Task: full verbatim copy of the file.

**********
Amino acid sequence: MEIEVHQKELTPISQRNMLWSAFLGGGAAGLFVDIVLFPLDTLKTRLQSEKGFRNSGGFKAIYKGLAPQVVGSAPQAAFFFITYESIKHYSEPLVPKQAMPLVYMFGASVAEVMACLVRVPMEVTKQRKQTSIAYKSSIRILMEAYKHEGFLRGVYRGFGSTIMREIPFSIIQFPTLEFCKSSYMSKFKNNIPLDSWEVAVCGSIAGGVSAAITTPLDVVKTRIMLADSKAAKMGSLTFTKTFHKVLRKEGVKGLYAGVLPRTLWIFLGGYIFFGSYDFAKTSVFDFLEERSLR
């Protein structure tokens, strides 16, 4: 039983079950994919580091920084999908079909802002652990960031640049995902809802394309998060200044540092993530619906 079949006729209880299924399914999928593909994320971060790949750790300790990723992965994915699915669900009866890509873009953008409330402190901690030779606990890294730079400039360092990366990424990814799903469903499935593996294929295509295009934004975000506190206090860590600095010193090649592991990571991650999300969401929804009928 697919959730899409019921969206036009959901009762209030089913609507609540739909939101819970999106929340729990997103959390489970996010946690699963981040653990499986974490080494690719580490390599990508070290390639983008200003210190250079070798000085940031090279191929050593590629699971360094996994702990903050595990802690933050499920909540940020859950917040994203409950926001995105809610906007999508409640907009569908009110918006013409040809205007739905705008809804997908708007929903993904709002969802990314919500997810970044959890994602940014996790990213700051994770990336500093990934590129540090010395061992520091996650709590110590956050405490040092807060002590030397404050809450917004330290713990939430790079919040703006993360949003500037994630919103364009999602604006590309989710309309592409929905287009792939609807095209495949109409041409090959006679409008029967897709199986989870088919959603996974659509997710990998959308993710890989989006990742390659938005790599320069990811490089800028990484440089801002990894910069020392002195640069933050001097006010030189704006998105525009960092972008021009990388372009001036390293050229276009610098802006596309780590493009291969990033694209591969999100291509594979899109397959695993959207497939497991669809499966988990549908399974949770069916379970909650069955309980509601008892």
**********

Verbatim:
Amino acid sequence: MEIEVHQKELTPISQRNMLWSAFLGGGAAGLFVDIVLFPLDTLKTRLQSEKGFRNSGGFKAIYKGLAPQVVGSAPQAAFFFITYESIKHYSEPLVPKQAMPLVYMFGASVAEVMACLVRVPMEVTKQRKQTSIAYKSSIRILMEAYKHEGFLRGVYRGFGSTIMREIPFSIIQFPTLEFCKSSYMSKFKNNIPLDSWEVAVCGSIAGGVSAAITTPLDVVKTRIMLADSKAAKMGSLTFTKTFHKVLRKEGVKGLYAGVLPRTLWIFLGGYIFFGSYDFAKTSVFDFLEERSLR
């Protein structure tokens, strides 16, 4: 039983079950994919580091920084999908079909802002652990960031640049995902809802394309998060200044540092993530619906 079949006729209880299924399914999928593909994320971060790949750790300790990723992965994915699915669900009866890509873009953008409330402190901690030779606990890294730079400039360092990366990424990814799903469903499935593996294929295509295009934004975000506190206090860590600095010193090649592991990571991650999300969401929804009928 697919959730899409019921969206036009959901009762209030089913609507609540739909939101819970999106929340729990997103959390489970996010946690699963981040653990499986974490080494690719580490390599990508070290390639983008200003210190250079070798000085940031090279191929050593590629699971360094996994702990903050595990802690933050499920909540940020859950917040994203409950926001995105809610906007999508409640907009569908009110918006013409040809205007739905705008809804997908708007929903993904709002969802990314919500997810970044959890994602940014996790990213700051994770990336500093990934590129540090010395061992520091996650709590110590956050405490040092807060002590030397404050809450917004330290713990939430790079919040703006993360949003500037994630919103364009999602604006590309989710309309592409929905287009792939609807095209495949109409041409090959006679409008029967897709199986989870088919959603996974659509997710990998959308993710890989989006990742390659938005790599320069990811490089800028990484440089801002990894910069020392002195640069933050001097006010030189704006998105525009960092972008021009990388372009001036390293050229276009610098802006596309780590493009291969990033694209591969999100291509594979899109397959695993959207497939497991669809499966988990549908399974949770069916379970909650069955309980509601008892």